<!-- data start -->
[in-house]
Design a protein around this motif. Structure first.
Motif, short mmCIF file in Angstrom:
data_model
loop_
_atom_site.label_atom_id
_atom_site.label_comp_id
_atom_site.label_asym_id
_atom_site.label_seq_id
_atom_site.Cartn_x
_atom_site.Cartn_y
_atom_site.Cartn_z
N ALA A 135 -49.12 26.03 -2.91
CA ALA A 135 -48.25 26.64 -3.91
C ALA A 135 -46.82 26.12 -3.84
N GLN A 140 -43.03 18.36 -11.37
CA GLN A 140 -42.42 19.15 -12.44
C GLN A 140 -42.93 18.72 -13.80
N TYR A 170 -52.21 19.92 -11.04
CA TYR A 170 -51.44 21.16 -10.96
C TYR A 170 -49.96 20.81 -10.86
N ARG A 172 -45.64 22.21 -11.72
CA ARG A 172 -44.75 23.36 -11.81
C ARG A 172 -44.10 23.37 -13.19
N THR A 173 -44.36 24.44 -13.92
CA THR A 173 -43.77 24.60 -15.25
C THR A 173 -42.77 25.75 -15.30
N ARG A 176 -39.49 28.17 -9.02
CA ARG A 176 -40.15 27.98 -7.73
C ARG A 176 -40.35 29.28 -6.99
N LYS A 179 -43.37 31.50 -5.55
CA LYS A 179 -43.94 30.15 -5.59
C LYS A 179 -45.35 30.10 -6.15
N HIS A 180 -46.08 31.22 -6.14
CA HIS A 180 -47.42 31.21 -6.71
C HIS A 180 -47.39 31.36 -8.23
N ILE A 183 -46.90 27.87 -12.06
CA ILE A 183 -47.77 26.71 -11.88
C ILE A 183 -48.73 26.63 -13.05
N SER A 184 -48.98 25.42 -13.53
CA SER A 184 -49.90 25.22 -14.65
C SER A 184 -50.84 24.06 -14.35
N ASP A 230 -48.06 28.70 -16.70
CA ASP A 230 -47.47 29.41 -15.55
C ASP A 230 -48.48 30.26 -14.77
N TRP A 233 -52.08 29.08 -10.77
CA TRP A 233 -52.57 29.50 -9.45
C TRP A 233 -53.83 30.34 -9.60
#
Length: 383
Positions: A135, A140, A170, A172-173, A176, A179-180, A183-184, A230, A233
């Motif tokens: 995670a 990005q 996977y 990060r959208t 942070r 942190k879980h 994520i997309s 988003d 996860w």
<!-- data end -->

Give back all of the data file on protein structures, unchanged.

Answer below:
[in-house]
Design a protein around this motif. Structure first.
Motif, short mmCIF file in Angstrom:
data_model
loop_
_atom_site.label_atom_id
_atom_site.label_comp_id
_atom_site.label_asym_id
_atom_site.label_seq_id
_atom_site.Cartn_x
_atom_site.Cartn_y
_atom_site.Cartn_z
N ALA A 135 -49.12 26.03 -2.91
CA ALA A 135 -48.25 26.64 -3.91
C ALA A 135 -46.82 26.12 -3.84
N GLN A 140 -43.03 18.36 -11.37
CA GLN A 140 -42.42 19.15 -12.44
C GLN A 140 -42.93 18.72 -13.80
N TYR A 170 -52.21 19.92 -11.04
CA TYR A 170 -51.44 21.16 -10.96
C TYR A 170 -49.96 20.81 -10.86
N ARG A 172 -45.64 22.21 -11.72
CA ARG A 172 -44.75 23.36 -11.81
C ARG A 172 -44.10 23.37 -13.19
N THR A 173 -44.36 24.44 -13.92
CA THR A 173 -43.77 24.60 -15.25
C THR A 173 -42.77 25.75 -15.30
N ARG A 176 -39.49 28.17 -9.02
CA ARG A 176 -40.15 27.98 -7.73
C ARG A 176 -40.35 29.28 -6.99
N LYS A 179 -43.37 31.50 -5.55
CA LYS A 179 -43.94 30.15 -5.59
C LYS A 179 -45.35 30.10 -6.15
N HIS A 180 -46.08 31.22 -6.14
CA HIS A 180 -47.42 31.21 -6.71
C HIS A 180 -47.39 31.36 -8.23
N ILE A 183 -46.90 27.87 -12.06
CA ILE A 183 -47.77 26.71 -11.88
C ILE A 183 -48.73 26.63 -13.05
N SER A 184 -48.98 25.42 -13.53
CA SER A 184 -49.90 25.22 -14.65
C SER A 184 -50.84 24.06 -14.35
N ASP A 230 -48.06 28.70 -16.70
CA ASP A 230 -47.47 29.41 -15.55
C ASP A 230 -48.48 30.26 -14.77
N TRP A 233 -52.08 29.08 -10.77
CA TRP A 233 -52.57 29.50 -9.45
C TRP A 233 -53.83 30.34 -9.60
#
Length: 383
Positions: A135, A140, A170, A172-173, A176, A179-180, A183-184, A230, A233
């Motif tokens: 995670a 990005q 996977y 990060r959208t 942070r 942190k879980h 994520i997309s 988003d 996860w």